Then, with the growing power of Bolsonaro’s side, which considers him as a true enemy and despises his life, Jean Wyllys concluded that this country was no longer safe for him. He decided to leave, a particularly difficult decision, not because of his deputy position, but because it meant leaving his friends, his family, and his cause, at least in his country. But he knows he cannot keep fighting for his cause if not alive, and underlines that there already was a martyr, Marielle Franco, even if she never portrayed herself as a victim before her death. Now that he is free and safe, Jean Wyllys says he will begin a fight for the dignity of those who stayed in Brazil.

He then answered a few questions and came back to Marielle Franco. He explained that Brazil never grieved for the 350 years of slavery, which is seen today in racism. If one adds to that the masculine domination, the ultimate victim is a black woman. Furthermore, Marielle Franco was a symbol because she accessed the sphere of power. He also clarified that the government does not recognize the massive execution of black poor people in Brazil.

Concerning Luiz Inácio Lula da Silva, the left-wing candidate during the last elections and former president of Brazil, who drowned in a scandal of corruption, Jean Wyllys said he never bailed on him, not because he is a saint, but because in his opinion, he was a victim of law-fare, in other words the use of law as a political weapon of war. He said there is no more doubts that he is a political prisoner since there is no tangible proof discovered yet. He thinks his incarceration is less linked to corruption than elections, that he could have won. Even more obviously, President Bolsonaro named Sergio Moro, the judge of Mr. da Silva’s case, as Minister of Justice. Indeed, if former President Lula’s condemnation was about corruption, the judge would have been less silent about Jair Bolsonaro, who does not seem pure as the driven snow.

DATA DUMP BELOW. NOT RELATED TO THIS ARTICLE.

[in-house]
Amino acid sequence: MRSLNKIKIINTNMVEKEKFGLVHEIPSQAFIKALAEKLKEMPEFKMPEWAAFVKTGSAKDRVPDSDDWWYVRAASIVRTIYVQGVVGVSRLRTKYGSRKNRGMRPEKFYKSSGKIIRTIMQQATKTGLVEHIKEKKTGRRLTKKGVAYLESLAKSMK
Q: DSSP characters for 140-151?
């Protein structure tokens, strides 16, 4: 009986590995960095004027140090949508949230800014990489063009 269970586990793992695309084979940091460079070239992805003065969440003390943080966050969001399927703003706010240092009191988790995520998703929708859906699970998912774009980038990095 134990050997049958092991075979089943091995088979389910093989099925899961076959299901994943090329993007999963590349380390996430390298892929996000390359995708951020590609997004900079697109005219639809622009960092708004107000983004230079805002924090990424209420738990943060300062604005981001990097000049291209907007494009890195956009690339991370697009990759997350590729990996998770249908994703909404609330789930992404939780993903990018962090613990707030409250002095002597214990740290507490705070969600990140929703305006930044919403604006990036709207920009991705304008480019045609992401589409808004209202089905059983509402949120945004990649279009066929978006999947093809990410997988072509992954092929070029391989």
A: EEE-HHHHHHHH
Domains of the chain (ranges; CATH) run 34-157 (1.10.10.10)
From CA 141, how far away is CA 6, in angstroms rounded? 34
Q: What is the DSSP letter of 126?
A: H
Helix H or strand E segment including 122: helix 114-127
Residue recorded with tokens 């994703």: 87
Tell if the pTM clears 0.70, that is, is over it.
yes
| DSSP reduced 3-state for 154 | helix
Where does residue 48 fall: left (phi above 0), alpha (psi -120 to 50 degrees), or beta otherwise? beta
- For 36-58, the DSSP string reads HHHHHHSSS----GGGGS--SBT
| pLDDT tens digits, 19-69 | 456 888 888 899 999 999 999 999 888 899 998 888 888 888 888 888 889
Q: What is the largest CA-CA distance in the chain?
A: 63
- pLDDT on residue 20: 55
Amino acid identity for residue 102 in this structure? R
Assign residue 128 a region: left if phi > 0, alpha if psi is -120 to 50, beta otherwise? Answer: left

Jean Wyllys then explained that Democracy, as it is presented in Tzvetan Todorov’s book The Inner Enemies of Democracy, creates its own enemies by accepting hate speech. Mr. Bolsonaro’s hate speech has been tolerated for years, maybe because the targets were women or so-called minorities which already endured defamation.

Jean Wyllys finally expressed two ideas. First the fact that he does not want to be a hero, which is a fanatic and badly payed passion, but an activist, a living one, not heading into any heroic suicide mission. He then underlines that in this epidemic of blindness and abandonment of reason, it is our duty to keep our eyes wide open.

The setting of this meeting, with its targeted approach, did not permit to put forth all the victims of those in power today in Brazil – the inhabitants of the favelas, indigenous people, for instance-. However, its form, very human and benevolent as observed, gives an insight of the heart of the speech, of the heart of those concerned.